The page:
Voltage Controlled Phase Shift

Discussion in 'General Electronics Chat' started by Robin Mitchell, Nov 13, 2014.

  1. Robin Mitchell

    Thread Starter Well-Known Member

    Oct 25, 2009
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    Hi all,

    How would I go about designing a voltage controlled phase shift?

    I know that you could use an active amplifier (op amp configuration) and use a FET as a voltage controlled resistor with a capacitor to adjust the cut off frequency but thats very ugly. For one, different FETs have different characteristics so I dont want to be designing a circuit specific to a single FET.

    Any ideas?

    All the best,
    Robin
     
  2. Kermit2

    AAC Fanatic!

    Feb 5, 2010
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    ? use an op amp in a capacitor multiplying mode and vary the gain(capacitance) of it with a digital pot in the place of a gain resistor. the shift would be limited in range though. ?
     
  3. alfacliff

    Well-Known Member

    Dec 13, 2013
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    what frequency range?
     
  4. Robin Mitchell

    Thread Starter Well-Known Member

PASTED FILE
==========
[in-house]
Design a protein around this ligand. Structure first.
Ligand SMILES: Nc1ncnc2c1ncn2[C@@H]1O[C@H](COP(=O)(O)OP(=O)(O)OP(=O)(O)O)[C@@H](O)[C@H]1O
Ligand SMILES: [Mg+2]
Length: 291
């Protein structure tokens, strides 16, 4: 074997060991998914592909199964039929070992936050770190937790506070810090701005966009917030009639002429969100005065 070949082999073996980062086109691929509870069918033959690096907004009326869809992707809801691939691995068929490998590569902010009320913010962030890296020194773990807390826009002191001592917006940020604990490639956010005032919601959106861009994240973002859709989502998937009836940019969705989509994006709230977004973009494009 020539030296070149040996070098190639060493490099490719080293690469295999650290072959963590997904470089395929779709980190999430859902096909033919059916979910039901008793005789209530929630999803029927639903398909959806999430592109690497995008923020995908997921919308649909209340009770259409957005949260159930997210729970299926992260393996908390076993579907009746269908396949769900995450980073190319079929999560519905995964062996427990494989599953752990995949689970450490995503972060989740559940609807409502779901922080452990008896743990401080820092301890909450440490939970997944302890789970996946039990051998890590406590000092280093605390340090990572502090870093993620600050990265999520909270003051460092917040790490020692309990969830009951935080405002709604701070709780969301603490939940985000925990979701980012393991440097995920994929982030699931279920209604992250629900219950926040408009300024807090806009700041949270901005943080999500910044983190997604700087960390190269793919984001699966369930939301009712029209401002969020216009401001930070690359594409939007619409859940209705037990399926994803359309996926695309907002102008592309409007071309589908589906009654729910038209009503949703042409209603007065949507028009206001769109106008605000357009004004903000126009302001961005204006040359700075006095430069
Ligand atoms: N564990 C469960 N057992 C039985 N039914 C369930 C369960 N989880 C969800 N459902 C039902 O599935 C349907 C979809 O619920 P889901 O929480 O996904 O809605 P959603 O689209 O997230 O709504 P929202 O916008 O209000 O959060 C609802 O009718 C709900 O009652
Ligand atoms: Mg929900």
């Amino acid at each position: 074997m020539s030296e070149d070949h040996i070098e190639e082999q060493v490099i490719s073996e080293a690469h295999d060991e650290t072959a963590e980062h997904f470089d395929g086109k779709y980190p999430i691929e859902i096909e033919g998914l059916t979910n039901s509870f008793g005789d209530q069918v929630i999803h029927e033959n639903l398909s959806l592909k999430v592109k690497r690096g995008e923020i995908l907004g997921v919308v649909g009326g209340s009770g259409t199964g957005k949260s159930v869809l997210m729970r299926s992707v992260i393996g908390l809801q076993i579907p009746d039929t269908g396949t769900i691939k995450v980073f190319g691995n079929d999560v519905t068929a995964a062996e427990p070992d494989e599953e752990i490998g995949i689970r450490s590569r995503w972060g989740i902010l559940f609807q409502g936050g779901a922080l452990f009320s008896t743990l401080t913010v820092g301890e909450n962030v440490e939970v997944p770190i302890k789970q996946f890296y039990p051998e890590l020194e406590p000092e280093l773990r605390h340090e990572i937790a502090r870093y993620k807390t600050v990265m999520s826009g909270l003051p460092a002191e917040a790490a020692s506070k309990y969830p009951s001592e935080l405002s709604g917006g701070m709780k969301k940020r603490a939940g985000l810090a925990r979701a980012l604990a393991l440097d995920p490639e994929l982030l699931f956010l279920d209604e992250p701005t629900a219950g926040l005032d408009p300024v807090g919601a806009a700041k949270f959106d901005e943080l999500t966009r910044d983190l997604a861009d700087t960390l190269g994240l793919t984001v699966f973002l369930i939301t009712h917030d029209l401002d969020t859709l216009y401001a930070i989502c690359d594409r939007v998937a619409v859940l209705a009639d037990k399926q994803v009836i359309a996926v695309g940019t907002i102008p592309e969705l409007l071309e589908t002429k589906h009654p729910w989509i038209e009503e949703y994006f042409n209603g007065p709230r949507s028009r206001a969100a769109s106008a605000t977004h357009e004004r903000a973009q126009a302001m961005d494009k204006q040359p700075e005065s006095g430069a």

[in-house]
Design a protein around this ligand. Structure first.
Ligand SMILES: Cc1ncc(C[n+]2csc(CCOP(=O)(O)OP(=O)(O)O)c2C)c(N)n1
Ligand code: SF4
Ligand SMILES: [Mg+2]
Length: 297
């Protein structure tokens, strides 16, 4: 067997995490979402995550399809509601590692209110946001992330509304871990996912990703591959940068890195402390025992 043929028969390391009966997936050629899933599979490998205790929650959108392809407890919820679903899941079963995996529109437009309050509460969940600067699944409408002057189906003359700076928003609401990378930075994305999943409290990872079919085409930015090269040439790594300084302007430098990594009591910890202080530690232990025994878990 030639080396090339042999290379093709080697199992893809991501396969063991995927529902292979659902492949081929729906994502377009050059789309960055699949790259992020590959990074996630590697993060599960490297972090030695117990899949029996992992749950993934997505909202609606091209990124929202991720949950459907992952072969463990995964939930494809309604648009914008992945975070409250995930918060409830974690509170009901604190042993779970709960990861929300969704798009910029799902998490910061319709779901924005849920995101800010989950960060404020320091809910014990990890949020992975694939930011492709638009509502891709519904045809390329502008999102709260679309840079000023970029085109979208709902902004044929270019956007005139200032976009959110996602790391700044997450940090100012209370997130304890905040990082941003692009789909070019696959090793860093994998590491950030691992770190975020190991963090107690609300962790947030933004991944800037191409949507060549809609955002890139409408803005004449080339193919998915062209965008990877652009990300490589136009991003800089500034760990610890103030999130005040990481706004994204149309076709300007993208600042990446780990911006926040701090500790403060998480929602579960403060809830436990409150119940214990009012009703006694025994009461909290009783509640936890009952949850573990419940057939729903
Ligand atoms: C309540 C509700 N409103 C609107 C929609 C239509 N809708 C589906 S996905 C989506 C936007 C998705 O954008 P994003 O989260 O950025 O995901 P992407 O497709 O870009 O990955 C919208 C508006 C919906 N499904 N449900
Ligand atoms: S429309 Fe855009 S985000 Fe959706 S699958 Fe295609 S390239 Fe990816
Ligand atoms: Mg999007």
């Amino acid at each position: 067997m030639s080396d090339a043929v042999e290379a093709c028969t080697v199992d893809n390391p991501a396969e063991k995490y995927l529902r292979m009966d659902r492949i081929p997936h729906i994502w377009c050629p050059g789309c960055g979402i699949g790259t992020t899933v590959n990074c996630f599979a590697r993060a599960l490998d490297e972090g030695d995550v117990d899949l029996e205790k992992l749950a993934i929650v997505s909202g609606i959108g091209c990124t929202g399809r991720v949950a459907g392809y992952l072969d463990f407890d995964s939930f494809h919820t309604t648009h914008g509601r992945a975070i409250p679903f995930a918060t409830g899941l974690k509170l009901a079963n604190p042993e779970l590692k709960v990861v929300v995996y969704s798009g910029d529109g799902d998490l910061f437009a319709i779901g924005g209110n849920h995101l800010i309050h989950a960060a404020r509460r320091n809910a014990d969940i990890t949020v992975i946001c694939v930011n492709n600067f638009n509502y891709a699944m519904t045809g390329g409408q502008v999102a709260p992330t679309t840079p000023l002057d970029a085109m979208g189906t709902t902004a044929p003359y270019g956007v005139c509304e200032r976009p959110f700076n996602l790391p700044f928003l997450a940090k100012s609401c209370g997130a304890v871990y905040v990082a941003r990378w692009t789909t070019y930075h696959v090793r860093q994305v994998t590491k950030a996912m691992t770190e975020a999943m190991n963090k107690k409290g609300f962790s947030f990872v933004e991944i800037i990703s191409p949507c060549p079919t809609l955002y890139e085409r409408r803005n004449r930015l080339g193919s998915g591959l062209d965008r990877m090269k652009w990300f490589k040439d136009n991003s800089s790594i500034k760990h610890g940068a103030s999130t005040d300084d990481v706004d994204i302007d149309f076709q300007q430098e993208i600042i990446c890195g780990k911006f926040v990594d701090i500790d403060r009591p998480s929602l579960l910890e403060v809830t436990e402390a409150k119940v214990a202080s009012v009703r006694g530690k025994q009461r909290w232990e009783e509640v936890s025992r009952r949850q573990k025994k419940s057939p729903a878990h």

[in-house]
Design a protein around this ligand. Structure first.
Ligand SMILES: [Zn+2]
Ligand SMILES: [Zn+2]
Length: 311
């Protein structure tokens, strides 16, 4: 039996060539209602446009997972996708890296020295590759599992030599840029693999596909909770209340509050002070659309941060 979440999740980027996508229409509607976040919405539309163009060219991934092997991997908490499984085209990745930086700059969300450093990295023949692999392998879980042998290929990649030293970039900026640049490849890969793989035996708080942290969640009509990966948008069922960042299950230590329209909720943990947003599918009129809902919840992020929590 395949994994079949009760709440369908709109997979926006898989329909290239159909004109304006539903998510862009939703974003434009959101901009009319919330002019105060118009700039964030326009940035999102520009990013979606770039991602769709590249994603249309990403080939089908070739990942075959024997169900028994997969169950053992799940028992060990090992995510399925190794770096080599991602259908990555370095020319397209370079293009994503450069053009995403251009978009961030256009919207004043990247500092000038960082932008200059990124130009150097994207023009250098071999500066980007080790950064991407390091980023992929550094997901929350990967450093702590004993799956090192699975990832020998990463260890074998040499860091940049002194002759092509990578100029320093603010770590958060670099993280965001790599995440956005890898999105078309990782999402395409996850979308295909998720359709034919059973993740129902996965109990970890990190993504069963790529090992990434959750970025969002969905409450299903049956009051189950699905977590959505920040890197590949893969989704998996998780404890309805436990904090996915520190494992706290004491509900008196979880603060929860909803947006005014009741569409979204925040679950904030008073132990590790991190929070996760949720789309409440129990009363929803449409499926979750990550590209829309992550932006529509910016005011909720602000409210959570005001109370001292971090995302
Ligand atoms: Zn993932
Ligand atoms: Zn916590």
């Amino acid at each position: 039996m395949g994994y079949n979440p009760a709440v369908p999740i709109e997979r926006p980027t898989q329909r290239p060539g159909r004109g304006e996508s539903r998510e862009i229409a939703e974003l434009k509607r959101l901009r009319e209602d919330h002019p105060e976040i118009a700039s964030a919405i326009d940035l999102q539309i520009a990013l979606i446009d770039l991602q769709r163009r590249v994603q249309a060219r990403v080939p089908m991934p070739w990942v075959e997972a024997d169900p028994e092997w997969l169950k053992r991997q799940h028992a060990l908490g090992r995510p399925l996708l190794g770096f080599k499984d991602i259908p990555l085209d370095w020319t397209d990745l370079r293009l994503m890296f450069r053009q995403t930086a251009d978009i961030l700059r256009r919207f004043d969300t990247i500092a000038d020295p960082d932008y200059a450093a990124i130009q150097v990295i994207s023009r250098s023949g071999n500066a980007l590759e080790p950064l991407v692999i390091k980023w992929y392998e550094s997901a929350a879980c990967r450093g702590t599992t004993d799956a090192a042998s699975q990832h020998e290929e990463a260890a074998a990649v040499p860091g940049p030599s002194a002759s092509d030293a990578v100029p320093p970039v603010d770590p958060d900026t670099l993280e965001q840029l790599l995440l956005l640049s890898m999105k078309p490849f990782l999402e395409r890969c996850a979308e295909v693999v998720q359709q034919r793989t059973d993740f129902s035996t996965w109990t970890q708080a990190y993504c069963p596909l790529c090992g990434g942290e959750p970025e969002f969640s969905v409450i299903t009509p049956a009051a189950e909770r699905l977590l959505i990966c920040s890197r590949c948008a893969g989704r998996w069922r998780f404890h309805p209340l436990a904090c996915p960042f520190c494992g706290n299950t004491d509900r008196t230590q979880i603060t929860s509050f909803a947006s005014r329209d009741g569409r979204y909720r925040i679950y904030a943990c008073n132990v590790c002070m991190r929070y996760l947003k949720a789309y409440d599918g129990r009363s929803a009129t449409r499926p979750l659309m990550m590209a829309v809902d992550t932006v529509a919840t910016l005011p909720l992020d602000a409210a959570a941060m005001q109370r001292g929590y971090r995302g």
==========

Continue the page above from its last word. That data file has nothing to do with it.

Oct 25, 2009
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    Well the range would be the human hearing so about 16Hz to 20kHz
     
  5. alfacliff

    Well-Known Member

    Dec 13, 2013
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    search "flanger" a phase shift sound effect for guitars.
     
  6. crutschow

    Expert

    Mar 14, 2008
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    Robin Mitchell likes this.
  7. AnalogKid

    Distinguished Member

    Aug 1, 2013
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    Can you clarify your requirement? A phase shift of xx degrees across all frequencies, or a time shift of xx milliseconds? The two are very different. If you want a variable time delay, which equates to a different phase shift at each frequency, then a bucket brigade or charge coupled device will do it in the analog domain, or an A/D-shift register-D/A in the digital domain. A voltage-variable delay line over 11 octaves would be tough.

    ak
     
  8. alfacliff

    Well-Known Member

    Dec 13, 2013
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    another way would be a synchro control transformer, an odd thing looks like a motor, with two stator windings 90 degrees apart and a single rotor winding. commonly used to provide the x and y deflection for radar indicators.
     
  9. Veracohr

    Well-Known Member

    Jan 3, 2011
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